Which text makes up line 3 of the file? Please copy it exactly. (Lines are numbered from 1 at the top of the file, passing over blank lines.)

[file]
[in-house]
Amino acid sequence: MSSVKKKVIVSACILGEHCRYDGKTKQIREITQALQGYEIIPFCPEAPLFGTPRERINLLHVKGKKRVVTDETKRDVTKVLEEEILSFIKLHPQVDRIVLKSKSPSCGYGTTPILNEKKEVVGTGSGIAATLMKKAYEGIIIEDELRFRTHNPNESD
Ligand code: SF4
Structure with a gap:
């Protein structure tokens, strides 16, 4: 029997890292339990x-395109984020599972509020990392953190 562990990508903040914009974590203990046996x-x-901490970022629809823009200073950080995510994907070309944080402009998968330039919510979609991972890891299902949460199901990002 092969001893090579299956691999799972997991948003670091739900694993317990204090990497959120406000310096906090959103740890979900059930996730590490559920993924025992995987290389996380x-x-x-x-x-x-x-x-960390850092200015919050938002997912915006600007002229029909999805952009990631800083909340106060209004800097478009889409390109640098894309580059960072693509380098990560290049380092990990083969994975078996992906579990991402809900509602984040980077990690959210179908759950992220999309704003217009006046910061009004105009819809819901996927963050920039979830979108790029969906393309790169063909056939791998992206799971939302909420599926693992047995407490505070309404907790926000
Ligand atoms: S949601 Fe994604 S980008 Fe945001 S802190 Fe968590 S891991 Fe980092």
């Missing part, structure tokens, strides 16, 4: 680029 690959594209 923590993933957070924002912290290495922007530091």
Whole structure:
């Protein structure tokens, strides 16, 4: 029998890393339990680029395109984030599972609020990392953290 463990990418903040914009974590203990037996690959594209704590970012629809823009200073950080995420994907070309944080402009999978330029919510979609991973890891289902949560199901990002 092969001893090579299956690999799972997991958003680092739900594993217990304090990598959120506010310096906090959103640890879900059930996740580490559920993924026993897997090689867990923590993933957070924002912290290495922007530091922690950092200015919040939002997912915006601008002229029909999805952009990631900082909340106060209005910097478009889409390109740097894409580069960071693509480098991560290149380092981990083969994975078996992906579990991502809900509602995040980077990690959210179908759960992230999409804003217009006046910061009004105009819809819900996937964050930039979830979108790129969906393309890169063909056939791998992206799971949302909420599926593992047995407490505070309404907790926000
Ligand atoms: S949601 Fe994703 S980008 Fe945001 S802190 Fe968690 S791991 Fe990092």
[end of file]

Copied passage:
Ligand code: SF4